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A new spin on global warming.

Although the makers of quartz watches would have you believe otherwise, even the most accurate timepiece won't precisely track the passing days. Because of tiny changes in Earth's rotational rate, day length can vary as much as one-thousandth of a second over a span of a few months. A group of researchers now reports calculations suggesting that such fluctuations may provide a means of monitoring long-term climate change, such as global greenhouse warming.

Richard S. Gross and his colleagues at the Jet Propulsion Laboratory in Pasadena, Calif., analyzed the seasonal changes in day length over the last 30 years. Whereas scientists think that rearrangements of matter inside the Earth cause longer-term shifts in rotational speed, the seasonal changes are thought to occur because of variations in the strength of winds.

Gross and his colleagues found that the seasonal fluctuations in day length over the last three decades correlate with the Southern Oscillation Index- an atmospheric pressure pattern in the Pacific associated with El Nino warming. This suggests that scientists can use the alterations in day length to monitor long-term changes in the atmosphere, particularly the strength of winds that blow around the globe, Gross says.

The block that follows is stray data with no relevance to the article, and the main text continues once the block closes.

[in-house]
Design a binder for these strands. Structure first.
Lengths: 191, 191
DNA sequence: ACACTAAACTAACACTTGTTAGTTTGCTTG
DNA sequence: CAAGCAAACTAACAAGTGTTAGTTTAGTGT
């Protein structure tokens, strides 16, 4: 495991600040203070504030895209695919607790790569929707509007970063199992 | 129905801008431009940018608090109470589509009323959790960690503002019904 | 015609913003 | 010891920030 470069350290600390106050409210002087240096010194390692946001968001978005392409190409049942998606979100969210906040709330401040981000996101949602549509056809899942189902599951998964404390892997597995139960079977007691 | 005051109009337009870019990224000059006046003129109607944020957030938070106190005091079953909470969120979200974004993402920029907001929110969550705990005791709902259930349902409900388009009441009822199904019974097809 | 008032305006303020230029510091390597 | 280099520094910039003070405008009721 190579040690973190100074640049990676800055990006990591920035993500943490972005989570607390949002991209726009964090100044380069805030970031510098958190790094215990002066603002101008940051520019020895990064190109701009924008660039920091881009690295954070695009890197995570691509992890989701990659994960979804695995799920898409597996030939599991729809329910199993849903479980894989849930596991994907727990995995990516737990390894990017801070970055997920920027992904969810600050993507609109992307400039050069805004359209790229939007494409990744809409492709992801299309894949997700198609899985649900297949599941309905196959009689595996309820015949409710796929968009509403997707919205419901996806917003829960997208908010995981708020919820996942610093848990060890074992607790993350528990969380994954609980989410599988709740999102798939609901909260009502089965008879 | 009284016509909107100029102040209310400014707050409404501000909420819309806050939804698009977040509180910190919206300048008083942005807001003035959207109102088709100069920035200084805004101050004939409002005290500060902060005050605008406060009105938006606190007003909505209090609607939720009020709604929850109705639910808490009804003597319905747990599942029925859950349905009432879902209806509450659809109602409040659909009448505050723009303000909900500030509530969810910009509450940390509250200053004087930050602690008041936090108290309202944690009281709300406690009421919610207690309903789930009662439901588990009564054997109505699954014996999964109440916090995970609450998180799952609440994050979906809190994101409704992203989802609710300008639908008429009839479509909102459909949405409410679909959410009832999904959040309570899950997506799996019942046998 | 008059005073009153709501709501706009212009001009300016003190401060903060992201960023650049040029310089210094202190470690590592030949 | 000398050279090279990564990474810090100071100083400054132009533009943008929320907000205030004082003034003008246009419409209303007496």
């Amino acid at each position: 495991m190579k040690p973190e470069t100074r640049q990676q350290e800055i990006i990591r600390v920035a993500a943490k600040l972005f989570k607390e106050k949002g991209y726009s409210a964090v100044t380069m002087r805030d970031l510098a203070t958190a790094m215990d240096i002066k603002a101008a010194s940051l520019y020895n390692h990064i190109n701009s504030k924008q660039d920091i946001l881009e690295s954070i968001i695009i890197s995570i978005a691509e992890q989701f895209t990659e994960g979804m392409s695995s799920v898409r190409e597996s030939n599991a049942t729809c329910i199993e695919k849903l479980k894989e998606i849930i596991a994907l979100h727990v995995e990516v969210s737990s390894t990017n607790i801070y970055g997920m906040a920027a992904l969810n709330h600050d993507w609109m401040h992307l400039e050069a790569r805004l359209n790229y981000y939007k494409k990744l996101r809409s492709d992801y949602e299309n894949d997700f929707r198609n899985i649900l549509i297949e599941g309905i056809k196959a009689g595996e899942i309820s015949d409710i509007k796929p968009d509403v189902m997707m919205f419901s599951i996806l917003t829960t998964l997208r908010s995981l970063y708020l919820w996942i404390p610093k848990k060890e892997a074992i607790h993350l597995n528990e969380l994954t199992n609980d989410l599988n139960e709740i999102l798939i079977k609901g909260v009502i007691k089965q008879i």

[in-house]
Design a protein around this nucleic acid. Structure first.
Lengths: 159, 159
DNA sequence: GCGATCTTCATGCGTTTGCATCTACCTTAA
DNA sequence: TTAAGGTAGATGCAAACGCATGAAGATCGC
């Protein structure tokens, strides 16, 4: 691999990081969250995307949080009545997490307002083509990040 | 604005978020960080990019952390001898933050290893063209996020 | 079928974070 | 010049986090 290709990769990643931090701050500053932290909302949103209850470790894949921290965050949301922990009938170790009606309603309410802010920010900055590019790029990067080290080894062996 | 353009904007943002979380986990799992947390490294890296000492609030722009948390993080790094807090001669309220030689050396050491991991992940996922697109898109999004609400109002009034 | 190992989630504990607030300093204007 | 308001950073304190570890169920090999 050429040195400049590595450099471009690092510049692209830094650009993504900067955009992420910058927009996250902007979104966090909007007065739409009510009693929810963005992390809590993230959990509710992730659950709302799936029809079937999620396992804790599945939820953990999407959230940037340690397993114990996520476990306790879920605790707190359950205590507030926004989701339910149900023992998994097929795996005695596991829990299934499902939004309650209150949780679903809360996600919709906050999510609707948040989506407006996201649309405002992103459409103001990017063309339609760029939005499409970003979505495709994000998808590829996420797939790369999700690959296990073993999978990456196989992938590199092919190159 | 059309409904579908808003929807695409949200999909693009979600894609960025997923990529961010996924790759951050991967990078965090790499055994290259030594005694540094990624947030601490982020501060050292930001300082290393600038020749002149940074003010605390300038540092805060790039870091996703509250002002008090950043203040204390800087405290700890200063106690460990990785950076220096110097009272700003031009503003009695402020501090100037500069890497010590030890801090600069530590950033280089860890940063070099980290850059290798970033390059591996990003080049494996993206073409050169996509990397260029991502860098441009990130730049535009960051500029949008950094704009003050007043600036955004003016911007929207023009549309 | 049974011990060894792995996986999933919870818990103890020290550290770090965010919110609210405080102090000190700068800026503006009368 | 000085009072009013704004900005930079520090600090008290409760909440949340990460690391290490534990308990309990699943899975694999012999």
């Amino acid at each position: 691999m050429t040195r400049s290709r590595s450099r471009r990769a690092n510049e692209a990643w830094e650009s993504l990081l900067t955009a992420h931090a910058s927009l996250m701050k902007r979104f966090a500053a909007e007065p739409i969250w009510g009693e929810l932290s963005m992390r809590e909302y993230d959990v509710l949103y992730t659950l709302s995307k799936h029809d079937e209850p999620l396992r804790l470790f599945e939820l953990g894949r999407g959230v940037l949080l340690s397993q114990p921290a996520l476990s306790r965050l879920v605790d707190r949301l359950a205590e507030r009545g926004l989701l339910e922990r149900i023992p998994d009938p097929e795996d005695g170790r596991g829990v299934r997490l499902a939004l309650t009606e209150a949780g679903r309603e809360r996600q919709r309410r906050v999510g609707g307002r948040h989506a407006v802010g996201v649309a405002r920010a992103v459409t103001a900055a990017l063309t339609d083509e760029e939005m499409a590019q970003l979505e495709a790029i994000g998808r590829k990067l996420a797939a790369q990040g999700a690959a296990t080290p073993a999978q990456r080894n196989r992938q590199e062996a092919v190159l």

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Title Annotation:fluctuations in the earth's rotation rate may provide a method for monitoring global warming
Publication:Science News
Article Type:Brief Article
Date:Dec 18, 1993
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